Later this year, the U.S. Supreme Court will hear the case of Fisher v. University of Texas at Austin (UT). The Court will consider a challenge to the constitutionality of UT’s consideration of race as one factor in a holistic, individualized review of about 25 percent of its undergraduate applicants’ admissions profiles.
Two years ago when the Fisher case was before the U.S. Court of Appeals for the Fifth Circuit, the Asian American Center for Advancing Justice (Advancing Justice), whose members are Asian Pacific American Legal Center (APALC), Asian American Justice Center (AAJC), Asian American Institute (AAI) and Asian Law Caucus (ALC), filed an amicus, or friend-of-the court, brief to support UT’s admissions policy.
We support affirmative action and diversity programs in admissions because we stand by the promise of integrated and equal public education set out in Brown v. Board of Education, the landmark U.S. Supreme Court case that declared legal racial segregation in public education to be unconstitutional. Continuing the positive legacy of that seminal case, consideration of race in admissions programs addresses the need to level the playing field across all levels of education.
We still need affirmative action and diversity programs because racial segregation and discrimination continue to impede access to educational opportunity in this country today. Many of our K-12 schools are more segregated today than they were 40 years ago. Our schools are still separate and unequal in funding, class size, number of AP classes, and teacher turnover and experience. This segregation and inequality affects not only African Americans and Latinos, but many underrepresented Asian American subgroups and Native Hawaiians and Pacific Islanders (NHPI). Asian Americans and NHPIs graduate from high school at lower rates than non-Hispanic whites, and disparities in high school and post-secondary graduation statistics are particularly stark for some ethnic groups like Hmong, Cambodian, Laotian and Vietnamese Americans, whose educational attainment rates are similar to those of Latinos and African Americans. Far from being “race-neutral,” universities’ sole use of criteria like grades and test scores has been shown to unfairly capture and exacerbate those racial inequalities. The reality of race must be taken into account to ensure equal access to our public universities.
Advancing Justice also believes that a truly integrated and diverse learning environment enhances students’ educational experiences and better prepares them for success in our increasingly multi-racial society.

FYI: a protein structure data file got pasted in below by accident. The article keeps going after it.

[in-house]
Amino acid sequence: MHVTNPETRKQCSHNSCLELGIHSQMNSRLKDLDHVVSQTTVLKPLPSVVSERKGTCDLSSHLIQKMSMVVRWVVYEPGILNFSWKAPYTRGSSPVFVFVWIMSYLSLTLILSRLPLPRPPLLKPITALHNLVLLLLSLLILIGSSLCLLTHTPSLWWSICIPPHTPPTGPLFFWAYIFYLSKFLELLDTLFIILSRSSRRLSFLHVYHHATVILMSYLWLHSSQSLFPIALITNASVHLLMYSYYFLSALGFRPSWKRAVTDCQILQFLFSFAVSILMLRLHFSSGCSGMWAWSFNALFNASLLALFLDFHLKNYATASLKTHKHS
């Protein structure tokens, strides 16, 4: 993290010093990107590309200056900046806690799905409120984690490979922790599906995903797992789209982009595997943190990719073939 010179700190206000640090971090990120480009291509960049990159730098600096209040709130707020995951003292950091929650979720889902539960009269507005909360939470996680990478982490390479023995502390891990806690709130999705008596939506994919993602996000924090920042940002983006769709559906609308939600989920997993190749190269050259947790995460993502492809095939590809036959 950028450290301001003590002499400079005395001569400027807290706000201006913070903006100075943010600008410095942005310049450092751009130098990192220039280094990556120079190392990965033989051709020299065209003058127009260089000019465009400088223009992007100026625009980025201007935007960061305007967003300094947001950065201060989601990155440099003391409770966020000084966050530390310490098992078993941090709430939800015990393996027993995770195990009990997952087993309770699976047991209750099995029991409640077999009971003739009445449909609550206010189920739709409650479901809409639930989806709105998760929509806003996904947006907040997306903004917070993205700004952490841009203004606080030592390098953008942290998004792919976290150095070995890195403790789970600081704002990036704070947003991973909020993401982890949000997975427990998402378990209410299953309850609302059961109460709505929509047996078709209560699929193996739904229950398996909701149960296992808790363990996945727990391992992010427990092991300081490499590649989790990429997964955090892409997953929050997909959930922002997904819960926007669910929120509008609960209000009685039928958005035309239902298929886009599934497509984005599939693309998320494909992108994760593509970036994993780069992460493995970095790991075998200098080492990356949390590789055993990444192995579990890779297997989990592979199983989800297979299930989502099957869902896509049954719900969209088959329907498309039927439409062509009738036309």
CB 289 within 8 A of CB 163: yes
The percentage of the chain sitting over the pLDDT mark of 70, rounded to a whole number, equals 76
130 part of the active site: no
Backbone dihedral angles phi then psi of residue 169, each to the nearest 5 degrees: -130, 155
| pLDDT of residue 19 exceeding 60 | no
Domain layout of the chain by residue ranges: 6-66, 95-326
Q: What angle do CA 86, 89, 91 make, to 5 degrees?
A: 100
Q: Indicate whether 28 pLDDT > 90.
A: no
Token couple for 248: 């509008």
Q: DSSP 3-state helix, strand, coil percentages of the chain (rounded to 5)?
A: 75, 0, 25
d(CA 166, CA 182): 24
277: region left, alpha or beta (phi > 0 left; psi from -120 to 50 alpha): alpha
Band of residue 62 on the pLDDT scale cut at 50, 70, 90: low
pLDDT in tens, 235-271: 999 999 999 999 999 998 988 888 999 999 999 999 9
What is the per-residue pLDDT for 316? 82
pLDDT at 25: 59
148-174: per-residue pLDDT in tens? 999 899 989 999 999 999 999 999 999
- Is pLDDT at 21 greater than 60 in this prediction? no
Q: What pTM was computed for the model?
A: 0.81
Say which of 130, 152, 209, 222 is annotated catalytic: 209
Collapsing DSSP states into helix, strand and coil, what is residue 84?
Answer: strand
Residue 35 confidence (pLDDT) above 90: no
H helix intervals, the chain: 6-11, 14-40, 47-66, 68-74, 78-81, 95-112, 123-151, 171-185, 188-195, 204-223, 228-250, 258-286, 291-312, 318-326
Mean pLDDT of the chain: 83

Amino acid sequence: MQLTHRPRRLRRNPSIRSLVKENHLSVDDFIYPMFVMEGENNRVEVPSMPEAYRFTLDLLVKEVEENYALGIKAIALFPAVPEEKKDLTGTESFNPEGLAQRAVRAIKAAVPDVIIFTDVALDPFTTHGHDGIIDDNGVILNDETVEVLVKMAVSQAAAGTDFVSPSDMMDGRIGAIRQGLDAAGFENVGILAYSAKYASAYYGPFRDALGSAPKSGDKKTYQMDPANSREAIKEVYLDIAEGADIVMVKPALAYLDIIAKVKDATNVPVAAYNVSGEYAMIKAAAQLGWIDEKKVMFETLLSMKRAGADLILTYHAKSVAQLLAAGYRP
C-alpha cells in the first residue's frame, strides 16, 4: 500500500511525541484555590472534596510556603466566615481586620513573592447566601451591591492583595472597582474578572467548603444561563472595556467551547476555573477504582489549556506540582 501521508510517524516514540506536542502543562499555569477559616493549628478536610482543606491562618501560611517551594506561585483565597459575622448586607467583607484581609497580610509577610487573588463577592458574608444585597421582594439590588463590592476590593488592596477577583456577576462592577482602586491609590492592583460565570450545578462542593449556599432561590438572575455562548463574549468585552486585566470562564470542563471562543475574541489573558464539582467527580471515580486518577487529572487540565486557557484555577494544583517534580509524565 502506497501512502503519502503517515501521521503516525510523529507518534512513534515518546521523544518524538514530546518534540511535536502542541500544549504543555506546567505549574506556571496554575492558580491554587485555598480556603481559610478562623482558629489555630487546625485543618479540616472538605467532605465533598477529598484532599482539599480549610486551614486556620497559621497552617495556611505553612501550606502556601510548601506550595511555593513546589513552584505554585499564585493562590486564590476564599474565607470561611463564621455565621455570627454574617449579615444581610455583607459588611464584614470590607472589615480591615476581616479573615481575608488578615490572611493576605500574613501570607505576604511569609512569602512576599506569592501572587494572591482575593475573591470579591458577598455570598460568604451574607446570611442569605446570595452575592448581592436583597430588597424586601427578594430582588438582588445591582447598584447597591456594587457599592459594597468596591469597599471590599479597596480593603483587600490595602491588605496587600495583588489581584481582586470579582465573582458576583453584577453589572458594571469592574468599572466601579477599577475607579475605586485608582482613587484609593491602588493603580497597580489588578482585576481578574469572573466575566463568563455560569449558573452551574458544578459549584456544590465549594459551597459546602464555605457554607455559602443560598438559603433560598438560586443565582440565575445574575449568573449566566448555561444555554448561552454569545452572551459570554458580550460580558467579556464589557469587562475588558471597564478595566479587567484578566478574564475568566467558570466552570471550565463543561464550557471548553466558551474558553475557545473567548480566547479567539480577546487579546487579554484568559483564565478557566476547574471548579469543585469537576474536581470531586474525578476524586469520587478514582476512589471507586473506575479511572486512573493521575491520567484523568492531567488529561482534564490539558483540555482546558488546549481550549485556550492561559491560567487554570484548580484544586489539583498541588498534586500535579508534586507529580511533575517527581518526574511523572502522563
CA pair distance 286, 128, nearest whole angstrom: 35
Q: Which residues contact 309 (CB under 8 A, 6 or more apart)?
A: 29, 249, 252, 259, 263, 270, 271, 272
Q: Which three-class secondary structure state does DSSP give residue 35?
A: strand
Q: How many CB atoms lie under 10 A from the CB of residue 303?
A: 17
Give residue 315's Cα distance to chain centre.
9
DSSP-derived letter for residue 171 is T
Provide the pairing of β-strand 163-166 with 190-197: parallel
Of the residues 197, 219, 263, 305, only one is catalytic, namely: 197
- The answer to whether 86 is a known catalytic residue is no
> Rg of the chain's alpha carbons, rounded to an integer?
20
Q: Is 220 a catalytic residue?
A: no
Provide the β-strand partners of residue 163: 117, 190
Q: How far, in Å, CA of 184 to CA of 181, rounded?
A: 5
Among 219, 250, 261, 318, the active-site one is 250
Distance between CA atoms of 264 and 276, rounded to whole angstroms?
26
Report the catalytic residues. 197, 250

Given the racial discrimination that persists against people of color, including Asian Americans and NHPIs, in many arenas, race-conscious strategies are fundamental to ensuring equal opportunity and access in all sectors of our diverse society.
We further believe that students of all races will benefit from an expansion – instead of shrinking – of the public higher education system. UCLA, which does not consider race as a factor in admissions, received more than 91,000 applications for approximately 5,400 spaces in the incoming fall 2012 class. The lack of adequate resources for higher education is the primary, underlying cause that many qualified applicants – including Asian Americans and NHPIs –are denied admission. It is this issue of expanding higher education resources that should be the focus of those who care about educational opportunity for Asian Americans and NHPIs
This summer, we will work together—and with you—to reaffirm our support for UT’s consideration of race as one of many factors in its admissions decisions by filing an amicus brief before the Supreme Court.
Advancing Justice is not alone in its support of affirmative action. The Asian American Legal Defense Fund (AALDEF) also released a statement, as did the Organization of Chinese Americans (OCA), affirming their commitment to affirmative action and diversity policies.
In addition, Sissy Trinh, executive director of the Southeast Asian Community Alliance which works with high school students in Los Angeles' Chinatown, stated, "Southeast Asian American students often face barriers to higher education. Taking into account the entirety of an applicant's background and life experiences, including race, is important to ensure fair access to educational opportunities for Southeast Asians and other communities."
With your support, Advancing Justice can strengthen its work to ensure equal opportunity for all Asian American and NHPI communities. To help us continue the fight to protect important policies like the one at UT, please consider making your tax-deductible donation to your Advancing Justice affiliate, the Asian Pacific American Legal Center, today and help us continue the fight to protect important policies like the one at UT.
Thank you for your continued support.